CARACAS (Reuters) - Credit ratings agency Standard & Poor’s on Monday said Venezuelan state oil company PDVSA’s proposed bond swap was a “distressed exchange” that would be “tantamount to default” if completed, a blow to the cash-strapped firm’s effort to seek a financial lifeline.
The announcement will likely further fuel skepticism about the plan to ease PDVSA’s $7.1 billion amortization burden in 2017 as it struggles to make ends meet under low oil prices and an unraveling economy.
PDVSA has nonetheless promised it will honor bond commitments no matter the fate of the swap, and investors broadly believe it will continue making debt payments despite triple-digit inflation, product shortages and a deep recession.
“We view the transaction as a distressed exchange,” said Standard & Poor’s, which downgraded PDVSA to CC from CCC. “The outlook is negative, reflecting a downgrade potential if the company completes the exchange offer, which we classify as tantamount to default.”
PDVSA officials did not respond to an email seeking comment.
The company on Friday offered investors a new 2020 bond in exchange for the 2017N bond maturing in November 2017 and the 2017 bond maturing in April.
It said shares of its Citgo Holding Inc refining unit will be offered as collateral on the new bond.
Fitch Ratings on Monday said it expected to issue a “CCC/RR4(exp)” rating for the 2020 bond, a rating it said “suggests a real possibility of default.”
Fitch said the bond was expected to be used in a swap operation, but did not describe the swap in the same terms as S&P.
The swap offers one new bond for each outstanding 2017 maturity, which some Wall St. analysts saw as insufficient to make the operation attractive.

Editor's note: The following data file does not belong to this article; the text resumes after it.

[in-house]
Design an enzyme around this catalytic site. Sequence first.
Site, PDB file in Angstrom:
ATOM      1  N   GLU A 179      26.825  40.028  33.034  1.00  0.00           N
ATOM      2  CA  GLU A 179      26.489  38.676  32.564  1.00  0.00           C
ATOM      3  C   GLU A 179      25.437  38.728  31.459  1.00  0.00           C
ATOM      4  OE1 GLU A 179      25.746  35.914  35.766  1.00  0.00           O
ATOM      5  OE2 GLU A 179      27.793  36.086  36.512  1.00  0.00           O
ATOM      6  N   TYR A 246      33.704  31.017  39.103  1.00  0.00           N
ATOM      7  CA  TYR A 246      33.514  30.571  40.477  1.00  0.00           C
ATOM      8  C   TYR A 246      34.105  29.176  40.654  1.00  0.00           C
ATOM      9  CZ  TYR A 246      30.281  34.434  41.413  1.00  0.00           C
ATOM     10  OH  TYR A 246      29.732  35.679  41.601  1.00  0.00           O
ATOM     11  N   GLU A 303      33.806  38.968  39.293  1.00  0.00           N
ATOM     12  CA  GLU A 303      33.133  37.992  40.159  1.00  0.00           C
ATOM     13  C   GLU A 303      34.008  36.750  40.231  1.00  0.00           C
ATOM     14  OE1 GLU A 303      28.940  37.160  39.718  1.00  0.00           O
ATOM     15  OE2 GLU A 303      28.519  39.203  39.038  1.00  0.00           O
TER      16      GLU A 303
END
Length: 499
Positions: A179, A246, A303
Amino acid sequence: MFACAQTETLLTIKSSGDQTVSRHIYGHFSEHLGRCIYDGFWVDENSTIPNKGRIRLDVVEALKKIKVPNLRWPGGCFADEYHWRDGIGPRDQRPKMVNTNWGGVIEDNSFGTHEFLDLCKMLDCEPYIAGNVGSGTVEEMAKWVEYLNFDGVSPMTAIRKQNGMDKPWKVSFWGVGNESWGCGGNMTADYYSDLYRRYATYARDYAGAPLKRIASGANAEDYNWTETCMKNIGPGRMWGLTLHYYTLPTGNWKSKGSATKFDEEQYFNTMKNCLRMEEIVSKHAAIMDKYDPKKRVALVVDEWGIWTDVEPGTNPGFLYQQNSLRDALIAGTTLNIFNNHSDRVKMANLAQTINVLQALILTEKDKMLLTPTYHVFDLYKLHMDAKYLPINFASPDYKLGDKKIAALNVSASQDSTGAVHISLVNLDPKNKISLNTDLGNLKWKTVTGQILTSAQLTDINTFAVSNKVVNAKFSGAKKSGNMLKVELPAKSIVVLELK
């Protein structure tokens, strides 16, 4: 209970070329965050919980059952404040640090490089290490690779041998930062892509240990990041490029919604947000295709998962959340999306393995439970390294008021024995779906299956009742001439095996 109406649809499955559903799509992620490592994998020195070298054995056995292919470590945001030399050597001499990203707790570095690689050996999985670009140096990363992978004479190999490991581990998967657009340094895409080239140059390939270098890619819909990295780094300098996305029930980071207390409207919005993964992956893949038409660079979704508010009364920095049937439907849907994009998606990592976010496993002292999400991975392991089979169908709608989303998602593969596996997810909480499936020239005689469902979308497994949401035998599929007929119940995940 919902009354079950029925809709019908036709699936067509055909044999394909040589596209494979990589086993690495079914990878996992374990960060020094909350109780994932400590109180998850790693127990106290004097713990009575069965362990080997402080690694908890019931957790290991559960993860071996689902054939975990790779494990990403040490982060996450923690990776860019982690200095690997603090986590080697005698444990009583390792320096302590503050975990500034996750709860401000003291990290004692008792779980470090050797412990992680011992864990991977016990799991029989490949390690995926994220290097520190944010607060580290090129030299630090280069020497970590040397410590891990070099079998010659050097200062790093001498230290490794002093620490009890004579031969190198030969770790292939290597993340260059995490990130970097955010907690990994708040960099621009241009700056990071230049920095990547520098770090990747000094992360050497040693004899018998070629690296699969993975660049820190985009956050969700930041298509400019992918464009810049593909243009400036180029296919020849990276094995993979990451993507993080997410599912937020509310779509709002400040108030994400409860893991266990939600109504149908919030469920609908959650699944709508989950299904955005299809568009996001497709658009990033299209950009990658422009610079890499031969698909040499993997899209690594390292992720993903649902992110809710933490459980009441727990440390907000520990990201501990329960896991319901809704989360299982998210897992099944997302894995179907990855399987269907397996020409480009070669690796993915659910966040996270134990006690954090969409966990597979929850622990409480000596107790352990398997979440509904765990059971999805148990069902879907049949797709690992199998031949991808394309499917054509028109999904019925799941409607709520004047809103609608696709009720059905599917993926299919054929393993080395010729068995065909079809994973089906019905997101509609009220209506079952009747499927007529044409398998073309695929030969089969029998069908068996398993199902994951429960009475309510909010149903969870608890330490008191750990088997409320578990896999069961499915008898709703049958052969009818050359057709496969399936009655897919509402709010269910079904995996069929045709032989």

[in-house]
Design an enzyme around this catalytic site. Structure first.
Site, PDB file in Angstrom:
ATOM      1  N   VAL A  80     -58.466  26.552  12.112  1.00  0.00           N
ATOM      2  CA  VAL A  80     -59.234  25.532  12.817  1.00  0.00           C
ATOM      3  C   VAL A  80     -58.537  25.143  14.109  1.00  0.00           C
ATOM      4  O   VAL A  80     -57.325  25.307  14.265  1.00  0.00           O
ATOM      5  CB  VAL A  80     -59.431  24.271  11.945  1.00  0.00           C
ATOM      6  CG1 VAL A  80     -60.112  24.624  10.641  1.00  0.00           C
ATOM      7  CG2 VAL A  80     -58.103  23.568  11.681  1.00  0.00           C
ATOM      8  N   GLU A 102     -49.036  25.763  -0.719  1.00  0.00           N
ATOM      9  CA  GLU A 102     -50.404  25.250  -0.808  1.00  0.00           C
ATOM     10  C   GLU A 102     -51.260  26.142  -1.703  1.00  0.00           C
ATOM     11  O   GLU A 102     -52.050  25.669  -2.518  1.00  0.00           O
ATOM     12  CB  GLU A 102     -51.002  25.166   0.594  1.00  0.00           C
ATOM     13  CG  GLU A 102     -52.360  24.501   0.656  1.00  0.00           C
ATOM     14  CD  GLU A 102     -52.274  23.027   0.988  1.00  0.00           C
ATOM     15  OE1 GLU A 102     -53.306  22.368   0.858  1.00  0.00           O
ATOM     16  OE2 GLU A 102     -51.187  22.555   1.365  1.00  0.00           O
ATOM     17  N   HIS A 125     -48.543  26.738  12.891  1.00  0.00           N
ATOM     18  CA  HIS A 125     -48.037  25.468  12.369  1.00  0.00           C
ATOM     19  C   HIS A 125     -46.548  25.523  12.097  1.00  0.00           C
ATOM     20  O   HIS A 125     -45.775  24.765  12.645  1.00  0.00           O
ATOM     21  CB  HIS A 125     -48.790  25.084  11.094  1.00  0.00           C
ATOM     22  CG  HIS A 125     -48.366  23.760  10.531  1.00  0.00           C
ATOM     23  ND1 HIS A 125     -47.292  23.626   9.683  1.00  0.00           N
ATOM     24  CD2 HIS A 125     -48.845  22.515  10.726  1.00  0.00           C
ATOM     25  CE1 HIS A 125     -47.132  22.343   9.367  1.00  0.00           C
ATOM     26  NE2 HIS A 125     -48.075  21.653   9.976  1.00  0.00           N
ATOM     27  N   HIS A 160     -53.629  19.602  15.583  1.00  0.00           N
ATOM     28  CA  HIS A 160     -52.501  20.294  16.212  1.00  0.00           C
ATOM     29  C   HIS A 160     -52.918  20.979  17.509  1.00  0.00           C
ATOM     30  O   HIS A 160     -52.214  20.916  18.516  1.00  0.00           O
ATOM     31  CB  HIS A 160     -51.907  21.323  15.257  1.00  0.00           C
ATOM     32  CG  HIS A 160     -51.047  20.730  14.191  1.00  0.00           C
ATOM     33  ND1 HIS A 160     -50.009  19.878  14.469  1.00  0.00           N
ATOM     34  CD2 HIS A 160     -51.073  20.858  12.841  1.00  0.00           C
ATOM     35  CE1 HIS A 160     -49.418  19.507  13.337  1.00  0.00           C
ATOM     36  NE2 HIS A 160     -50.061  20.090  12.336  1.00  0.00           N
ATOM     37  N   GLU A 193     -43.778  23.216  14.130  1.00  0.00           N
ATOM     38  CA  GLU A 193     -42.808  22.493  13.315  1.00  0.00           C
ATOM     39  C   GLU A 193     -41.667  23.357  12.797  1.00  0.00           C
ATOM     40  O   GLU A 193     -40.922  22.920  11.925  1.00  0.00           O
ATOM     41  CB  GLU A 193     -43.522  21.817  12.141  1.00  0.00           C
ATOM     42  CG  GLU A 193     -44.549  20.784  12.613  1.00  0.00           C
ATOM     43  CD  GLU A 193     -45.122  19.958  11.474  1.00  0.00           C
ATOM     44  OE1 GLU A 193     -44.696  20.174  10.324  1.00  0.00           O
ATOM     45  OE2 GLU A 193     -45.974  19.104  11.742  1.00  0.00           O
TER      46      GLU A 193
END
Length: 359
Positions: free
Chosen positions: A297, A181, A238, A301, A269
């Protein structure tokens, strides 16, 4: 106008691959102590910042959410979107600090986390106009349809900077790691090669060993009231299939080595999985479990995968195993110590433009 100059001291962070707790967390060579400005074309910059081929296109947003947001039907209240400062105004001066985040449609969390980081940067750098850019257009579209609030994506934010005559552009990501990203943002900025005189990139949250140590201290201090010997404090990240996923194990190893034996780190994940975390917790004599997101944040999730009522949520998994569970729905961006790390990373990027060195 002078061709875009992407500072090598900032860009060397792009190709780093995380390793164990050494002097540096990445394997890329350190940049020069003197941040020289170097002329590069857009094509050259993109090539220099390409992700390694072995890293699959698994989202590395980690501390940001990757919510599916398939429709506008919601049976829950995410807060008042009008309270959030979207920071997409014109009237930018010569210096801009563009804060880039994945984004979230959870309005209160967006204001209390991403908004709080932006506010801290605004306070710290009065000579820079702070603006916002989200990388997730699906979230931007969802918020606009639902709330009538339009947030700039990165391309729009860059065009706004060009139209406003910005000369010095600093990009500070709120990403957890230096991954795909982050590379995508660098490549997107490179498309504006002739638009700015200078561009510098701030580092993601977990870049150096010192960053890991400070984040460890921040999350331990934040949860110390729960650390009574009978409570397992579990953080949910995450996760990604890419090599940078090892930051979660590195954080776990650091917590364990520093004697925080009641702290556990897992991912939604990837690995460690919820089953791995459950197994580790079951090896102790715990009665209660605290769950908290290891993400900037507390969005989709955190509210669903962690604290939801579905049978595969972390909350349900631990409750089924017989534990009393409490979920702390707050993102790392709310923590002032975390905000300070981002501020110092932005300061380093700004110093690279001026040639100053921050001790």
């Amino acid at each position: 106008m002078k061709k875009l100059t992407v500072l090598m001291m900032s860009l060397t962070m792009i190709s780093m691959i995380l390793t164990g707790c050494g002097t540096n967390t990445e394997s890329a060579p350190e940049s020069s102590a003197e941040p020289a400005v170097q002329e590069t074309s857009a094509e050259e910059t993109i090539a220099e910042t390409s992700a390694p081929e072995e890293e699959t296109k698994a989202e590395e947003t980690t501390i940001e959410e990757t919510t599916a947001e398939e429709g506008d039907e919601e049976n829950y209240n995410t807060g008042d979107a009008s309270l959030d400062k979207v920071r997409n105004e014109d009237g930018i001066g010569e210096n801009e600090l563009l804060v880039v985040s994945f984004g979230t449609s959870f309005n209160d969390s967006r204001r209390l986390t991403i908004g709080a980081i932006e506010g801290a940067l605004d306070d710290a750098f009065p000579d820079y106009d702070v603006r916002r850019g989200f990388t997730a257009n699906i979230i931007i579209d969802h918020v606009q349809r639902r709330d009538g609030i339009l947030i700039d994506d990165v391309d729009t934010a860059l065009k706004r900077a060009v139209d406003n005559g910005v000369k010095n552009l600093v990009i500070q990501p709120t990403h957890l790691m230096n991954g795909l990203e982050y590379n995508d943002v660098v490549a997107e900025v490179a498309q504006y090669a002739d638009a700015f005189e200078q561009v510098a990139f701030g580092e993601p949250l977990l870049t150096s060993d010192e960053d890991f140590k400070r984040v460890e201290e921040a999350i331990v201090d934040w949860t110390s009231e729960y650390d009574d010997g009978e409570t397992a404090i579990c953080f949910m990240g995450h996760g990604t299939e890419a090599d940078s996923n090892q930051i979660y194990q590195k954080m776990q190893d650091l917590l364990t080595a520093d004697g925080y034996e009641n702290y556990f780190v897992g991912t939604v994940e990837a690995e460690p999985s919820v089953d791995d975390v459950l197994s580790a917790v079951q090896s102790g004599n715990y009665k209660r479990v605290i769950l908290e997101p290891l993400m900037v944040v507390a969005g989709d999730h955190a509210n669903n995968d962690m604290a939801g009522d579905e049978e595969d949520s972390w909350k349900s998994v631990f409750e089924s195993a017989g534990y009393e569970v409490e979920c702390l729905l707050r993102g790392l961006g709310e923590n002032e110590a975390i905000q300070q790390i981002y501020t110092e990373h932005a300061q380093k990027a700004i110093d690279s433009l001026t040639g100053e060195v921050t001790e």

“Bondholders may still be reluctant to exchange their bonds ... into a relatively high cash price bond on the still uncertain repayment capacity over the next 2 years,” wrote Siobhan Morden, Head of Latin America Fixed Income Strategy at Nomura.
PDVSA President Eulogio Del Pino has called the swap a good opportunity for investors, but adds that bondholders who choose not to participate will continue to receive payment.
The company’s bonds were down across the board on Monday even before the S&P announcement as concern about the value of the proposal and doubts about the legal underpinning of the Citgo guarantee weakened investor confidence.
Venezuela’s opposition, which controls parliament, has said it will oppose the use of Citgo as collateral.
While opposition deputies recognize that PDVSA can carry out financial operations without the legislature’s approval, they say the use of a state-owned asset as collateral requires congressional oversight.
The 2017 bond maturing in April was down 2.100 points to a bid price of 71.5 while the 2017N was down 1.300 points to 77.500.
Writing by Brian Ellsworth; Editing by W Simon, Dan Grebler and Chris Reese